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Paris in Love: A Memoir by Eloisa James

Paris in Love: A Memoir (edition 2012)

by Eloisa James

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4375224,058 (3.8)21
Title:Paris in Love: A Memoir
Authors:Eloisa James
Info:Random House (2012), Hardcover, 272 pages
Collections:Your library

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Paris in Love by Eloisa James (Author)



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Eloisa James's mother died from cancer and 2 weeks later was diagnosed with cancer herself. In her own words, as a cancer survivor she expected to have an epiphany where she would learn to approach life with zen-like calmness, do yoga at sunset, and quit wasting time at her computer. The epiphany didn't happen. Instead, the author and her husband took a sabbatical year (both are professors), sold their home and cars and moved with their less-than-thrilled two children to Paris for a year.

This sounds like it could be a grim cancer survival book, but instead it’s warm, touching, funny, and wise. I loved everything about this memoir, especially the way the book is structured as short vignettes based on her tweets and facebook posts, plus several longer essays. It sounds annoying but it works, mainly due to Eloisa James’s skill as an author. I felt fully immersed in her life in Paris, and fell in love with her family: her adorable Harry Potter-loving daughter, Anna, her typical teenage son, Luca, her Italian husband, Alessandro, and of course, Milo, the obese Chihuahua.

Many times I found myself laughing out loud. The author herself is very down-to-earth and many stories will have you laughing in recognition of common emotions and experiences, although, of course, hers takes place in the most romantic city on Earth. The vignettes form a complete picture of living a year in Paris: the good, the bad, and the ugly (ok, so there's not much ugly). And it will make you want to pack your bags. I’ve been to Paris once but if there's a next time I will go with the author’s list of recommendations in the back of the book.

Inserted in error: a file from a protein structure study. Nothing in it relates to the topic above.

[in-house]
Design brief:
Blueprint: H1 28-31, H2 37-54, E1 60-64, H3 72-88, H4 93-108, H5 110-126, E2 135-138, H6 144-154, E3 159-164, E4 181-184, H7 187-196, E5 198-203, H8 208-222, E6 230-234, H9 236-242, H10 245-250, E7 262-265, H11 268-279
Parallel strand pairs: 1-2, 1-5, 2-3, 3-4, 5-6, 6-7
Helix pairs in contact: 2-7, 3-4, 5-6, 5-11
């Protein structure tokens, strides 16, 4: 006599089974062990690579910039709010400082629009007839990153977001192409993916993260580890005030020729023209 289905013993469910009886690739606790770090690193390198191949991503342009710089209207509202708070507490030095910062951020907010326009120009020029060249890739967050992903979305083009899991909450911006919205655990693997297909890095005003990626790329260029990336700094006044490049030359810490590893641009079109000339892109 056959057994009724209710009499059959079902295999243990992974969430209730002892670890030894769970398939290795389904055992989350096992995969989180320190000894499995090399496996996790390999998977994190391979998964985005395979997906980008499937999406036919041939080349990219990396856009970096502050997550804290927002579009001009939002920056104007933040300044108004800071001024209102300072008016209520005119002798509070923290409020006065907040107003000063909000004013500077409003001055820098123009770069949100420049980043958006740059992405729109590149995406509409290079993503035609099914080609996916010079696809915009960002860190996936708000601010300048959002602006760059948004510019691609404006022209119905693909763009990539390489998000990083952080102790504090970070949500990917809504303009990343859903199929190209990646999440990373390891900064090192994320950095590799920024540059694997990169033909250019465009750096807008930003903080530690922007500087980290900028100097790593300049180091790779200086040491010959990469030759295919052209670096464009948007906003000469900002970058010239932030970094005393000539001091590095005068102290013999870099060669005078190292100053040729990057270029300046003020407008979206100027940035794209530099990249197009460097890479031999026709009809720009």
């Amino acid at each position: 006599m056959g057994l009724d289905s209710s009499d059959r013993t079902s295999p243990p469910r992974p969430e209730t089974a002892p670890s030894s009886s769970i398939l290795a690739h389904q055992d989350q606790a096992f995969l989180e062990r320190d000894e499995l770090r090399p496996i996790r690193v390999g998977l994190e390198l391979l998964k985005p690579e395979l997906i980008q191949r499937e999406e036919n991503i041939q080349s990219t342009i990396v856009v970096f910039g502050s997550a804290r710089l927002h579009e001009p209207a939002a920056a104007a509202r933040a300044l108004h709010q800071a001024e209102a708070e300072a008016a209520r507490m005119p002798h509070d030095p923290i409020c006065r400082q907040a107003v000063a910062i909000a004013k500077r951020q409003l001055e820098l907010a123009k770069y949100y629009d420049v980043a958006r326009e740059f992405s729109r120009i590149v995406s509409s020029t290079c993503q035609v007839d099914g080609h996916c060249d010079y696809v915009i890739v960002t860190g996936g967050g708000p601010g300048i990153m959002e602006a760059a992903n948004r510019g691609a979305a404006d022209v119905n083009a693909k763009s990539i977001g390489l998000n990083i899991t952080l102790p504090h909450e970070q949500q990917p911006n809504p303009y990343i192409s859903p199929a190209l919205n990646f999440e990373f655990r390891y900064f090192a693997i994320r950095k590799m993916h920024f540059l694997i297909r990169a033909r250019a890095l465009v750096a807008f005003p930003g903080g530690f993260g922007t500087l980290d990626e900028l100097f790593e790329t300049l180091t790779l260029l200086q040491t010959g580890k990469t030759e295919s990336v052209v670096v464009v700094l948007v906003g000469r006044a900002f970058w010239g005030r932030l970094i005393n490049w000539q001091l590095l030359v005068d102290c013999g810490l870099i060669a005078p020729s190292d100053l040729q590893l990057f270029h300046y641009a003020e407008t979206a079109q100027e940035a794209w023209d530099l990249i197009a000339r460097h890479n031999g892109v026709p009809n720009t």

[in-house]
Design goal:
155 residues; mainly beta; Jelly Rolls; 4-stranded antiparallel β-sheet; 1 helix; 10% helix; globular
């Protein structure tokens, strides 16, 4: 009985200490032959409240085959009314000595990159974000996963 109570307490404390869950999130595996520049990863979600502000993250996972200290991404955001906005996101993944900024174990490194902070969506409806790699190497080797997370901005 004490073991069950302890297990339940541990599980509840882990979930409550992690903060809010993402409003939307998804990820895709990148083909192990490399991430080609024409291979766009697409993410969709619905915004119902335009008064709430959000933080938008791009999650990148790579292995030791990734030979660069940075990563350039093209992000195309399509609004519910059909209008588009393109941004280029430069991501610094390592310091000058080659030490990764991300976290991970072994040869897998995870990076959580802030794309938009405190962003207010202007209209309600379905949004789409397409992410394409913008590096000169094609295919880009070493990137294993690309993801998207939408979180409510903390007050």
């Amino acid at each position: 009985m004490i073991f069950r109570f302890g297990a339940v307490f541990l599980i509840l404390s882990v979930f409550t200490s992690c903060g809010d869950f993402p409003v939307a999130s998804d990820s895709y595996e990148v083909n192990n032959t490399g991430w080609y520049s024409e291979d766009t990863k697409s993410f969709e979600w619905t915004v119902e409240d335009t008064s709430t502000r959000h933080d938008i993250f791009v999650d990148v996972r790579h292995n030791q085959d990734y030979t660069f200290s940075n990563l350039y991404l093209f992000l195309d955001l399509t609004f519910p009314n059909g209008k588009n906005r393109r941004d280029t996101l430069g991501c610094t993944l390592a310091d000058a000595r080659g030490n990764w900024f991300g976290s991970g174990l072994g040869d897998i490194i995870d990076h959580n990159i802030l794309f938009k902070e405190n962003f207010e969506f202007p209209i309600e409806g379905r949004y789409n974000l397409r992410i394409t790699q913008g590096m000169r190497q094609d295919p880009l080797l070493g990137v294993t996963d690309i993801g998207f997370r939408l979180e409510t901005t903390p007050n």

This can easily be read in short bursts but I recommend devouring it quickly! And then maybe reading it again, slowly. I borrowed my copy from the library but I will likely purchase it as a keeper.
( )
  janb37 | Feb 13, 2017 |
One of my favorite cities in the world is Paris, France. I made a number of trips there and always found it to be most enchanting. When I came across a slim memoir, Paris in Love by Eloisa James, I could not resist despite the fact it is obviously directed at women. The parts of the story involving women’s issues and shopping for haute couture, were sometimes funny, but the parts about food, cooking, and visiting art galleries and museums brought back many fond memories. Eloise James is the pen name of Mary Bly, a tenured professor of English Literature at Fordham University. She writes best-selling Regency romance novels under her pen name.

Eloise lost her mother to Cancer, and two years later, she received a diagnosis of the same disease. She went through courses of surgery, radiation, and chemotherapy, and following an optimistic appraisal by her oncologist, she decided to take a sabbatical move her husband, Alessandro, son, Luca, and daughter, Anna to Paris for a year. The memoir is set up in an interesting way. She begins most chapters with short essays – which grow longer as the story progresses – followed by brief nuggets detailing their adventures.

One of the things I admire in the French is their tolerance for dogs in all aspects of society. Here is one of those nuggets. James Writes, “Last night we trotted out to our local Thai ‘gastronomique’ restaurant which means it’s a trifle more fancy than average and serves mango cocktails. A man and his son came in, trailed by a very old, lame golden retriever. The dog felt like lying down, legs straight out, in the middle of the aisle running down the restaurant – on a Friday night. The waiter and all customers patiently stepped over and around him, over and over and over…Bravo, France!” (34).